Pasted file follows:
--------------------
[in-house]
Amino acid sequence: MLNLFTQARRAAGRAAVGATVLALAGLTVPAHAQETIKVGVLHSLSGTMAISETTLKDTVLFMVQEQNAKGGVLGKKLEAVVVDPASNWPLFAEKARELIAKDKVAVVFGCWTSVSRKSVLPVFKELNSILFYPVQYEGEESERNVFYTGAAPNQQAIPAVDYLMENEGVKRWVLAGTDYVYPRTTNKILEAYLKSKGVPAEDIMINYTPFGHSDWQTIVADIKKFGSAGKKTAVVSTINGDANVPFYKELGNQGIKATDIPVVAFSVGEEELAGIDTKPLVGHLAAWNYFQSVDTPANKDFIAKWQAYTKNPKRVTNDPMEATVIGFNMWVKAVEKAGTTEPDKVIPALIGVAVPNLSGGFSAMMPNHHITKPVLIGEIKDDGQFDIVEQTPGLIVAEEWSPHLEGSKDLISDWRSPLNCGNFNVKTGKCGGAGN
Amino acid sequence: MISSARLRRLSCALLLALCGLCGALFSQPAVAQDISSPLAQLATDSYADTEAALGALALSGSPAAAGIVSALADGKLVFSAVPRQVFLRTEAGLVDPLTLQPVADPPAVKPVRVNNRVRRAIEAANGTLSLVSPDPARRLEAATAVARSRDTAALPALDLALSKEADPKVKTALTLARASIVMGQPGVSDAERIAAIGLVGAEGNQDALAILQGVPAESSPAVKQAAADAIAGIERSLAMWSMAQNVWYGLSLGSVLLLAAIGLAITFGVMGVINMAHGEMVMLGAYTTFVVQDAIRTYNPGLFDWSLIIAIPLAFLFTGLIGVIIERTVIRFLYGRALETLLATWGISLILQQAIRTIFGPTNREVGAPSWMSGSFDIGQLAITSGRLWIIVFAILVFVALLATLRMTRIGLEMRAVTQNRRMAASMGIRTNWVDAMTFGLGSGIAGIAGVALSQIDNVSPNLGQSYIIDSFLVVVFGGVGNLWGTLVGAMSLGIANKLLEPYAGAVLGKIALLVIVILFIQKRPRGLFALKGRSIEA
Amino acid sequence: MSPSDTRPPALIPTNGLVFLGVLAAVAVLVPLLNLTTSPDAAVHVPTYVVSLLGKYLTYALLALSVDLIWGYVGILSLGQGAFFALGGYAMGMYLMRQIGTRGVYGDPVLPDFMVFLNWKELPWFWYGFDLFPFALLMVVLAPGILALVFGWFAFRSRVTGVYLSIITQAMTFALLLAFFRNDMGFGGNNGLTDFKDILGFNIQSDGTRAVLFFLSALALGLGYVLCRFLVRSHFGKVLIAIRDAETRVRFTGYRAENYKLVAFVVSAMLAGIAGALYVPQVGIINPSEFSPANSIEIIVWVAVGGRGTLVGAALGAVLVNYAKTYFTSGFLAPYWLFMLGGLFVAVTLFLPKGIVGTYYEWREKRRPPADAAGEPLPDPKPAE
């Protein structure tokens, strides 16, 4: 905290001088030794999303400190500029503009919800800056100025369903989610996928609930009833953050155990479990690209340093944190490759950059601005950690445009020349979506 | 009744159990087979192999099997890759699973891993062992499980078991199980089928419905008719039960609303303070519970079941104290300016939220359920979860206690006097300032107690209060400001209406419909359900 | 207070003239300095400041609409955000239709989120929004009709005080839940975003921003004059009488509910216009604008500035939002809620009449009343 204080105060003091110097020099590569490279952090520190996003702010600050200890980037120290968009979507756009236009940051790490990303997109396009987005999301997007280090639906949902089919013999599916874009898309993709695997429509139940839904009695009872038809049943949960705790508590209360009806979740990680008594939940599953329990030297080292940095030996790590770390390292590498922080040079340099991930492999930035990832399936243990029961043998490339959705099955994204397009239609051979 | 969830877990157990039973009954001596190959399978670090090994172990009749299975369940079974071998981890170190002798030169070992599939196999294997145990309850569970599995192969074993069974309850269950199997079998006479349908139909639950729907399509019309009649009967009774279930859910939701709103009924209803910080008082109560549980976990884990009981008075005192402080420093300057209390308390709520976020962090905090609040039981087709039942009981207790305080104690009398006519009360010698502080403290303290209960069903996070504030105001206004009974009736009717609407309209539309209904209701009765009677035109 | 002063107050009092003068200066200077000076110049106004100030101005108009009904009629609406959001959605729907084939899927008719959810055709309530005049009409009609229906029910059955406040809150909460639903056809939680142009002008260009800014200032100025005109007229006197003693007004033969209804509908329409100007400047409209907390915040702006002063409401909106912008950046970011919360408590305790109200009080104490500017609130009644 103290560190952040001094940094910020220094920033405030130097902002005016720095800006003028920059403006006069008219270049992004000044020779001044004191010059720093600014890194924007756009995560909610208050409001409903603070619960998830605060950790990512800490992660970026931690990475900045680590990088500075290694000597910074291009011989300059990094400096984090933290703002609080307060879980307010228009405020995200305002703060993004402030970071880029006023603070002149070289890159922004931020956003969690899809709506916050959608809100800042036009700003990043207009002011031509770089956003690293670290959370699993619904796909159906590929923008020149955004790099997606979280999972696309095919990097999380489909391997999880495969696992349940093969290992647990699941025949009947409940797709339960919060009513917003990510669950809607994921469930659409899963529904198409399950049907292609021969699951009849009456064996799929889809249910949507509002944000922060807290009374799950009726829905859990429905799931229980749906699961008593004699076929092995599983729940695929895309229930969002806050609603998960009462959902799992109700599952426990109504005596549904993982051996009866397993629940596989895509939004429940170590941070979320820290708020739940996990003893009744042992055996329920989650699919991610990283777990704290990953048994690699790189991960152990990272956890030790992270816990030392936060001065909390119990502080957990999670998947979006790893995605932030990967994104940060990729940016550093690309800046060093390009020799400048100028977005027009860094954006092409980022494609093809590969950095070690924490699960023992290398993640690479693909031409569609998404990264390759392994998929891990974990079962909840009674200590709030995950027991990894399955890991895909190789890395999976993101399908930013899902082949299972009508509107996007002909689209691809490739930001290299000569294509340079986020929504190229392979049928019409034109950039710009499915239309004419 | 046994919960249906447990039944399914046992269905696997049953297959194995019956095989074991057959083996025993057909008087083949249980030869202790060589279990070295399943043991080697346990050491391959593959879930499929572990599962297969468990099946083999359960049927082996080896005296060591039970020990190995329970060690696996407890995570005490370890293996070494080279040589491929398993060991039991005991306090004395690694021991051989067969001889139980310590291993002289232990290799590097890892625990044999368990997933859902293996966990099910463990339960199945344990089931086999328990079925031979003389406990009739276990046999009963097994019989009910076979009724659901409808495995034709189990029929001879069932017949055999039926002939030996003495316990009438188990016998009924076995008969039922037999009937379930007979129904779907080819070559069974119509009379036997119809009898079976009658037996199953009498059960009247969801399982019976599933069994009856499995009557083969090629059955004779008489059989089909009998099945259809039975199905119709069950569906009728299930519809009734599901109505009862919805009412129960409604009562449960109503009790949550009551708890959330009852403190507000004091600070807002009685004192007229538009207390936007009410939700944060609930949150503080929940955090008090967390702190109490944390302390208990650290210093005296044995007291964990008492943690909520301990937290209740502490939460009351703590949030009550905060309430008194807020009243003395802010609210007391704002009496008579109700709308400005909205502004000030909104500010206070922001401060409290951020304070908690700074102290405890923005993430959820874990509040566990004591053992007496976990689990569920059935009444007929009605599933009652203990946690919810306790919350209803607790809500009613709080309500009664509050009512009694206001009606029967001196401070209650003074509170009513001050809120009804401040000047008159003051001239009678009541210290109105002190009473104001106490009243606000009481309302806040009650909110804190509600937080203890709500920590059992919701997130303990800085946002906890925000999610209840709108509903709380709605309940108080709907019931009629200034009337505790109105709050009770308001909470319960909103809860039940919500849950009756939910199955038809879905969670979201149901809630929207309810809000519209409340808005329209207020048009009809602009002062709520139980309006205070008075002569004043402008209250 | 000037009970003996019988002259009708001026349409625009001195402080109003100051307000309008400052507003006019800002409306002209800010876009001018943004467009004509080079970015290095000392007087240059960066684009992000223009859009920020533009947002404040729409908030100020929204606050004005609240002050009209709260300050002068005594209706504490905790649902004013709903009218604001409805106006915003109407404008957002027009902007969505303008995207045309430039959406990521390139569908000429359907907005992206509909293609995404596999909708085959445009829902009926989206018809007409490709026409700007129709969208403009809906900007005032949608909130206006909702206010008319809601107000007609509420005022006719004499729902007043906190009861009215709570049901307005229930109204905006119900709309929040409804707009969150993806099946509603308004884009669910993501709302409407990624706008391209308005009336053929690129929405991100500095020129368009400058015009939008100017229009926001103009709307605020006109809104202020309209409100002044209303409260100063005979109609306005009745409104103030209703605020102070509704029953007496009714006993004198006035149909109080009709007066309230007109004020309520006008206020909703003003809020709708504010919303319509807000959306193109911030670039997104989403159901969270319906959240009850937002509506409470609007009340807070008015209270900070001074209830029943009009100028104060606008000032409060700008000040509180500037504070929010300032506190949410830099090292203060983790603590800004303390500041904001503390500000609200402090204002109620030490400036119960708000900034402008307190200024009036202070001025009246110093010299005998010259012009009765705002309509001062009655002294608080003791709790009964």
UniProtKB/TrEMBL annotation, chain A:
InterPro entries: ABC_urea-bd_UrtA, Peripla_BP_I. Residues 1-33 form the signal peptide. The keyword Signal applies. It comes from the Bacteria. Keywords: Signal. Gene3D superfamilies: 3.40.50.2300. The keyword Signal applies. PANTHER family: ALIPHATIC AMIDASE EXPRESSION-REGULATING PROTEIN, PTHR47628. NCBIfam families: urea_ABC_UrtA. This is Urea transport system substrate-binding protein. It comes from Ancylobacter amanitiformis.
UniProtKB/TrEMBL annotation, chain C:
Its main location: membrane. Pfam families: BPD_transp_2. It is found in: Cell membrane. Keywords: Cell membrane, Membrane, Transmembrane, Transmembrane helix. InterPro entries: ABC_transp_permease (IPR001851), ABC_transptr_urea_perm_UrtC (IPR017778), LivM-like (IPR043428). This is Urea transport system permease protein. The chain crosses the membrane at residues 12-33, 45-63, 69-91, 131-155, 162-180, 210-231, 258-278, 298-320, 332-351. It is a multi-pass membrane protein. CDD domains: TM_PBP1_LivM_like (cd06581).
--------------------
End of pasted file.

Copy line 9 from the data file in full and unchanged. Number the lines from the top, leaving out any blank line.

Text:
Its main location: membrane. Pfam families: BPD_transp_2. It is found in: Cell membrane. Keywords: Cell membrane, Membrane, Transmembrane, Transmembrane helix. InterPro entries: ABC_transp_permease (IPR001851), ABC_transptr_urea_perm_UrtC (IPR017778), LivM-like (IPR043428). This is Urea transport system permease protein. The chain crosses the membrane at residues 12-33, 45-63, 69-91, 131-155, 162-180, 210-231, 258-278, 298-320, 332-351. It is a multi-pass membrane protein. CDD domains: TM_PBP1_LivM_like (cd06581).